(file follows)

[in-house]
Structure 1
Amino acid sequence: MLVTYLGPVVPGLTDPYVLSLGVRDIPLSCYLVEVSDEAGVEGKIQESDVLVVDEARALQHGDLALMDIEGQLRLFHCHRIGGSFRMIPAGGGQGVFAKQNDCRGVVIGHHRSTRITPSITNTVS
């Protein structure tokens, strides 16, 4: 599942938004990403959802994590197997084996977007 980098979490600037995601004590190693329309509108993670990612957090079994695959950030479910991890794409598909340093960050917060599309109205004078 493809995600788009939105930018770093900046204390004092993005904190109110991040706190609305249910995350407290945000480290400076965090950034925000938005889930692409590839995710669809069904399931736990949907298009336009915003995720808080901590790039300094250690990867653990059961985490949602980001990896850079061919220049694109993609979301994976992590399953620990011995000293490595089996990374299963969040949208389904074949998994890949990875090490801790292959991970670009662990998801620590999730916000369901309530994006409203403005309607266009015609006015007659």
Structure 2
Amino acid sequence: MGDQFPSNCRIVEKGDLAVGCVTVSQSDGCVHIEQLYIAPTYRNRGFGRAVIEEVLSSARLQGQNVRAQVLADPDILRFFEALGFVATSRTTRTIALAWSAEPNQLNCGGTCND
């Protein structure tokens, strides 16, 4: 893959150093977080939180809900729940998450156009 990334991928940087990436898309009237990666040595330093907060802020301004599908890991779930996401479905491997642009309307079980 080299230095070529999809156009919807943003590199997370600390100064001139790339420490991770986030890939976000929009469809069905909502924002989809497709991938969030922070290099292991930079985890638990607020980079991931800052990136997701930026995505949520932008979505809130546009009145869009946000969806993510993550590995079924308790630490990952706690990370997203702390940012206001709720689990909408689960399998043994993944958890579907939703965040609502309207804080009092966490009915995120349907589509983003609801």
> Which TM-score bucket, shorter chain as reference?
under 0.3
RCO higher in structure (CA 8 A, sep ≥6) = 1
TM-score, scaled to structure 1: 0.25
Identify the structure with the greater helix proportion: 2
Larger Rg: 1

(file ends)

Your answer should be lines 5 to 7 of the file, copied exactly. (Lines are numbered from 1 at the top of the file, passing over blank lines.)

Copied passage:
Structure 2
Amino acid sequence: MGDQFPSNCRIVEKGDLAVGCVTVSQSDGCVHIEQLYIAPTYRNRGFGRAVIEEVLSSARLQGQNVRAQVLADPDILRFFEALGFVATSRTTRTIALAWSAEPNQLNCGGTCND
């Protein structure tokens, strides 16, 4: 893959150093977080939180809900729940998450156009 990334991928940087990436898309009237990666040595330093907060802020301004599908890991779930996401479905491997642009309307079980 080299230095070529999809156009919807943003590199997370600390100064001139790339420490991770986030890939976000929009469809069905909502924002989809497709991938969030922070290099292991930079985890638990607020980079991931800052990136997701930026995505949520932008979505809130546009009145869009946000969806993510993550590995079924308790630490990952706690990370997203702390940012206001709720689990909408689960399998043994993944958890579907939703965040609502309207804080009092966490009915995120349907589509983003609801």